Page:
Where the Gloom Becomes Sound by TribulationRelease date: January 29, 2021
Label: Century Media
From their beginnings as a heads-down thrash-driven death metal band, after album number two Tribulation evolved into an entirely different beast. At that point they embraced schlocky horror, using black-and-white horror movie stills on their 2015 album Children of the Night, adding some phenomenally catchy guitar hooks, and giving it all a touch of roughness with the gruff vocals of Johannes Andersson.
Children of the Night got me hook line and sinker: the opening tracks ‘Strange Gateways Beckon’ and ‘Melancholia’ are, in many ways, perfect heavy metal songs. The massive melodies, the energy and heaviness, the vocal style, all topped off with some unforgettable riffs and superlative guitar work. But a failing of both Children… and its follow-up, 2018’s Down Below, is an inability to sustain the perfection for the whole album. Those songs I mentioned are among my favourites from the last few years, but I’m hard pushed to name many other tracks from the same album. So for me, until now, Tribulation have been a band with (hopefully) their best work in front of them.
Which is where the new album, Where the Gloom Becomes Sound, comes in. First track ‘In Remembrance’ would be radio-friendly if you made the vocals a bit cleaner. There is heaps and heaps of guitar melody, and a singalong chorus. The transformation is complete. Tribulation have embraced the new them and released an album that builds on recent past strengths. It’s not front-loaded as recent outings have been, but it does use that talent for melody showcased previously. Atmospherically, the tone of Where the Gloom… straddles the boundaries of rock, metal and goth. Themes of magic and myth run through every song, with influences from western and eastern traditions. Musical influences are also obviously broad, with the press release citing Swedish folk music as well as NWOBHM and vintage Morbid Angel.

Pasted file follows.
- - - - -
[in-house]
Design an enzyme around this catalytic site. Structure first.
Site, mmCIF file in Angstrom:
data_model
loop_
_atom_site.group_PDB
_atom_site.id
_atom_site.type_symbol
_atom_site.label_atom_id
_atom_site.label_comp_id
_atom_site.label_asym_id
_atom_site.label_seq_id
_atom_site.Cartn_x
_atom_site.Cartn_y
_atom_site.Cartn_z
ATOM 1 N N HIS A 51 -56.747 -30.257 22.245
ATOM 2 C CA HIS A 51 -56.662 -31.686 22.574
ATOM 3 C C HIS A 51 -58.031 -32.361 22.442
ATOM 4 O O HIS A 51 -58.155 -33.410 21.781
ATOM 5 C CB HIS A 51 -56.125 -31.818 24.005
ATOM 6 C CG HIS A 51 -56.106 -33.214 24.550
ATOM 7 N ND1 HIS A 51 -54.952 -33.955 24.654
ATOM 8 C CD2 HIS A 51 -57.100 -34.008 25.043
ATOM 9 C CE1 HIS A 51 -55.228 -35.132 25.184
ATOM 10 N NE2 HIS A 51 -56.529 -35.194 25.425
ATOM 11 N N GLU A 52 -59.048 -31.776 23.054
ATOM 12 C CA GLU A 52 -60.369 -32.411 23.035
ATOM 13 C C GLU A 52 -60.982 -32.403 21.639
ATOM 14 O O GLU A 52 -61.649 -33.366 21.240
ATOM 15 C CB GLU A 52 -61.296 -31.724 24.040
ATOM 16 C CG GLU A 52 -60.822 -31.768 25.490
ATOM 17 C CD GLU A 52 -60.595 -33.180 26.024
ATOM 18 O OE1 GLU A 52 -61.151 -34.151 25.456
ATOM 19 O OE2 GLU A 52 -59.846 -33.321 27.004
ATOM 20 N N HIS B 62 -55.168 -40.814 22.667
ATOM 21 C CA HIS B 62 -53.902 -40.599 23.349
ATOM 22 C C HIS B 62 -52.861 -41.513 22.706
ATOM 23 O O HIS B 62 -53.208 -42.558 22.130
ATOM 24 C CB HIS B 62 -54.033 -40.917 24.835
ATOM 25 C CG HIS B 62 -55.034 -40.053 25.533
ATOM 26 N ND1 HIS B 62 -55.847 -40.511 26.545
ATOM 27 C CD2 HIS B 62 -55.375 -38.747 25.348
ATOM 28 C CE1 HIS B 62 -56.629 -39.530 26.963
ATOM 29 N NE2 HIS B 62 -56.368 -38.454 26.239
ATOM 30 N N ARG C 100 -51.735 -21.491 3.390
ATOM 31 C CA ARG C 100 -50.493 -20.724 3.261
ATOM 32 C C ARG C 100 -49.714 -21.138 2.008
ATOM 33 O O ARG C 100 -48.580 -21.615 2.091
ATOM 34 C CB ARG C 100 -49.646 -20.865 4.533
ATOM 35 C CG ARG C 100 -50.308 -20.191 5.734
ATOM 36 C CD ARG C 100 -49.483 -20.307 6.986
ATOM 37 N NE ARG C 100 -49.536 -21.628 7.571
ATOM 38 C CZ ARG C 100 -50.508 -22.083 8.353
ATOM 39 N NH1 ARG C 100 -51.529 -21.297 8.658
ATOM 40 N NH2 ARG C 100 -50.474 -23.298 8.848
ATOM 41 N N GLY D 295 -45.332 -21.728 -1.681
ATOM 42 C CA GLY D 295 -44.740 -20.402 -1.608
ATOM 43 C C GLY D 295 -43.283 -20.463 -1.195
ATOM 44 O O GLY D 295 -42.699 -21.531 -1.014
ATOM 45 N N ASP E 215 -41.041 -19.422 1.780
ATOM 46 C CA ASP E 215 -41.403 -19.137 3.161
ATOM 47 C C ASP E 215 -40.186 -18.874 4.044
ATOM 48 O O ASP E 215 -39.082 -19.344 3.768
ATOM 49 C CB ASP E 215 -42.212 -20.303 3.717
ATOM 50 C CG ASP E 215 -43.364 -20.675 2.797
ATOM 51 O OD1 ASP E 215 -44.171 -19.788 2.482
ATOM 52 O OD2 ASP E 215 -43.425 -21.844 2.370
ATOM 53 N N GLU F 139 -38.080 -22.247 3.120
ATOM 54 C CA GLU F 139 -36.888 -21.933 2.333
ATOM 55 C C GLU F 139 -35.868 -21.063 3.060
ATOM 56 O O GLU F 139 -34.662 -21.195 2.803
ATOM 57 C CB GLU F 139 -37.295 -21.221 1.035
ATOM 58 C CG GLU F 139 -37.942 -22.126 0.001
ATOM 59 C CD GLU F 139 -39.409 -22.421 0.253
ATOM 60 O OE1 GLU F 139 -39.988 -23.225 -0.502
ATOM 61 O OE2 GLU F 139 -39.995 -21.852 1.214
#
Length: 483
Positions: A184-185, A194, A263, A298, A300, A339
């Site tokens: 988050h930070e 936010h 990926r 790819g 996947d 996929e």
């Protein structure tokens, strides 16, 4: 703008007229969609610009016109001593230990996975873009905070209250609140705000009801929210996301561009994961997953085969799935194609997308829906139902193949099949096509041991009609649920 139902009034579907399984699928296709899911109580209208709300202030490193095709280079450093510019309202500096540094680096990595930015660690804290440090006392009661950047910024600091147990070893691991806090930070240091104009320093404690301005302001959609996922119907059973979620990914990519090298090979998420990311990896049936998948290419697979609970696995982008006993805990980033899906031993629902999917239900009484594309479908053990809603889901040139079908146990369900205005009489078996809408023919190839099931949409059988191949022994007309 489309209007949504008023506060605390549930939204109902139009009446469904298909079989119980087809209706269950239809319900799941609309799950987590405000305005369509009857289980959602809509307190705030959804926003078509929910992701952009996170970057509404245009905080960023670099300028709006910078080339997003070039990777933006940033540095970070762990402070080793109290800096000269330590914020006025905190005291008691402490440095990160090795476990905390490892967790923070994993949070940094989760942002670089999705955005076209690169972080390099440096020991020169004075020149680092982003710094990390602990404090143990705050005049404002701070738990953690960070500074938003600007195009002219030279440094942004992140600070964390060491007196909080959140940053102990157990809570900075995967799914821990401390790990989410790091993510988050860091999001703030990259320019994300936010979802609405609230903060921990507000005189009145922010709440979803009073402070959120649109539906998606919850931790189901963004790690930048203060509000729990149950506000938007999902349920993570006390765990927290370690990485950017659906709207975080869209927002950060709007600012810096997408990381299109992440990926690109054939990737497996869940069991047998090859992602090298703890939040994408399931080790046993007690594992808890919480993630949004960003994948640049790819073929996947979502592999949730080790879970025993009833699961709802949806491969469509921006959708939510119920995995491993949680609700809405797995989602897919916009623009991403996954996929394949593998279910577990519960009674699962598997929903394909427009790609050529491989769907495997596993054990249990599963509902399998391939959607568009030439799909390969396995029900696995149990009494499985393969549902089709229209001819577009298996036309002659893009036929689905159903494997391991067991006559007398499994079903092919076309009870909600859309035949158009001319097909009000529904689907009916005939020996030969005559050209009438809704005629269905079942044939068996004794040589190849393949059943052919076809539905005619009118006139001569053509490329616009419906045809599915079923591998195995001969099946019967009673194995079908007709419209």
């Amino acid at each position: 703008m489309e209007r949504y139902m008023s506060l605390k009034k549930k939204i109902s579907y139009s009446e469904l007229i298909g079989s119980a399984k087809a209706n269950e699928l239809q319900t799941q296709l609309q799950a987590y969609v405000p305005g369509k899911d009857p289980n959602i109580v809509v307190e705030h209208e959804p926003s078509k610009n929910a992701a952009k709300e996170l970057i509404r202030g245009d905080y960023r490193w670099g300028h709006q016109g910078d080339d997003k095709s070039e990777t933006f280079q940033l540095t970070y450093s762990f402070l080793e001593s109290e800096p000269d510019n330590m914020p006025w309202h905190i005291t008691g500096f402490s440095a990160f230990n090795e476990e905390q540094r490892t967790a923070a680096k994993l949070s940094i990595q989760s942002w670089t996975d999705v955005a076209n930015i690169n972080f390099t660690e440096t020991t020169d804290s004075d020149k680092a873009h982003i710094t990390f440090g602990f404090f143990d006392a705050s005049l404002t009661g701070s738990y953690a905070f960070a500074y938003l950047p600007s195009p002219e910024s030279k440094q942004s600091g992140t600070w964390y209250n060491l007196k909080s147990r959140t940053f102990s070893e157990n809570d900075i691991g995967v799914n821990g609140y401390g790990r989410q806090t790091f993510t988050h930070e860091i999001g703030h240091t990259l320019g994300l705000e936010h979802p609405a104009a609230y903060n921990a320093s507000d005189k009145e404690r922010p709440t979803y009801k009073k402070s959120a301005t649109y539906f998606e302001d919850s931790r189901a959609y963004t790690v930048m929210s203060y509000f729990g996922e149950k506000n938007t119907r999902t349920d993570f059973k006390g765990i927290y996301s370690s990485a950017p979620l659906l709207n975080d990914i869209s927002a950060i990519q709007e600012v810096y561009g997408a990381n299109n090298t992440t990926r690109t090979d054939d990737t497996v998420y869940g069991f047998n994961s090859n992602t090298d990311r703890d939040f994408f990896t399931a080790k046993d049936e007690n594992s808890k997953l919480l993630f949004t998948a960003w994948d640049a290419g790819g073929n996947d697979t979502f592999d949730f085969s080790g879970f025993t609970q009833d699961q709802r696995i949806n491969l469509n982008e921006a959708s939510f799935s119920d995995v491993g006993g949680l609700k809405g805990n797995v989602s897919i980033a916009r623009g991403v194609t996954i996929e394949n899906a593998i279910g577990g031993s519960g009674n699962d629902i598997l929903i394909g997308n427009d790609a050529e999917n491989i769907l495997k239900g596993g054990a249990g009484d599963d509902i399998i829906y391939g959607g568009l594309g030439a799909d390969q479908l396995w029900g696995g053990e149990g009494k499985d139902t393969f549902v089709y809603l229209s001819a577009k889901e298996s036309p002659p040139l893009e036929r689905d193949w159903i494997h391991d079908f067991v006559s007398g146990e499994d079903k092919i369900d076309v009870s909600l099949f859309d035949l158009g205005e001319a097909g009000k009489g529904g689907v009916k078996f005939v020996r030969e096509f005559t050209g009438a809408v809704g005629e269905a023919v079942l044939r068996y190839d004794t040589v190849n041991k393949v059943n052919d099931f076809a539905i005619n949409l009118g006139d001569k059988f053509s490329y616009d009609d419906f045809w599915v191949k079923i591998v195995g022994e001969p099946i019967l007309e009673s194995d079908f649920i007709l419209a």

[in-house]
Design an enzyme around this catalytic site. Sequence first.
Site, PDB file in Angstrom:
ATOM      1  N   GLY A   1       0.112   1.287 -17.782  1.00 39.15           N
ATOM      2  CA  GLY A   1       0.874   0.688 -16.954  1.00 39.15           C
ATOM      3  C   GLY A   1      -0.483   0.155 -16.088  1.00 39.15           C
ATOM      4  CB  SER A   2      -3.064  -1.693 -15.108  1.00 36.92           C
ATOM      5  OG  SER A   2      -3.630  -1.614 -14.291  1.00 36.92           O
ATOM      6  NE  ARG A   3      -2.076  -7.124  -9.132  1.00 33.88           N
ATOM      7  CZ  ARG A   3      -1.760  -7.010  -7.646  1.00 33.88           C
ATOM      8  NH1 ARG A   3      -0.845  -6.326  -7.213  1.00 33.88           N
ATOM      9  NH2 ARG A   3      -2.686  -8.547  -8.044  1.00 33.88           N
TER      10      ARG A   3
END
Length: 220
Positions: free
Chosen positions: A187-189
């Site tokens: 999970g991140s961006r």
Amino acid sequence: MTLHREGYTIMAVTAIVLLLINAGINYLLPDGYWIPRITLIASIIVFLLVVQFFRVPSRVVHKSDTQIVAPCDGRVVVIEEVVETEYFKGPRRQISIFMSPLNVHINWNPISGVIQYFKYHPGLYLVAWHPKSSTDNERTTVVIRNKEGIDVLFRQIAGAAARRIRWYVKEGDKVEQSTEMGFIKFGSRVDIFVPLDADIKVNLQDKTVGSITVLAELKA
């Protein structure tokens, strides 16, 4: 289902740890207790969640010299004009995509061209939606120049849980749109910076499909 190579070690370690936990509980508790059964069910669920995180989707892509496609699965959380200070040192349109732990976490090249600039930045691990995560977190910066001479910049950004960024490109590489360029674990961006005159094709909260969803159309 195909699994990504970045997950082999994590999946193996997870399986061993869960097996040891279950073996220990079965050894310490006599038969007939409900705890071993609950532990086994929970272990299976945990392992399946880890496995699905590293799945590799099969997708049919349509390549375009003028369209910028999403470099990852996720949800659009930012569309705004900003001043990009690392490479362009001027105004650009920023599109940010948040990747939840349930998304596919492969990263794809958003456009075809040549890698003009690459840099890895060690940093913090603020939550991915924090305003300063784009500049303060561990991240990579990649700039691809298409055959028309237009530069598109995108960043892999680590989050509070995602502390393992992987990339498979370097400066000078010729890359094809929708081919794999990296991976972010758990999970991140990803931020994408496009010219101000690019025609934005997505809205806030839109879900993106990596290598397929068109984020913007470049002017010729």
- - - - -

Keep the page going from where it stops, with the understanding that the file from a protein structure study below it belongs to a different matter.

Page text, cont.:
Second track ‘Hour of the Wolf’ trades on a signature hooky riff and, with a mid-tempo pace, embraces the darkness and pumps the goth rating up to nine. Dare I say stadium-friendly? (Well, one day, let’s hope.) Following on, ‘Leviathans’ uses a very simple and understated three-note melody tagged onto the end of each rhythm section. It’s very effective, and showcases the songwriting and guitar-playing talent in the band. The mood changes with ‘Dirge of a Dying Soul’, which ain’t a dirge but does feature some Candlemass-bothering doomy riffing and a slower pace. Andersson’s vocals fit the style very well here. The pacing elsewhere is varied. With ‘Daughter of the Djinn’ sounding like a galloping Maiden homage, and ‘Inanna’s slower, more introspective feel.
Good bands evolve and follow their influences. Tribulation have done just that, working through a period where their albums had the roughness and ferocity of early work melded with infectious melody. Where the Gloom Becomes Sound is the product of that evolution, the next step. What we have here is a band comfortable in their own skin. It’s a well-rounded and very well executed set of songs. The album is in no way front-loaded, and not a mixture of killer and filler, much to my relief. Tribulation have created an accessible behemoth, and it’s all the better for it. It’s bound to win them a few new fans.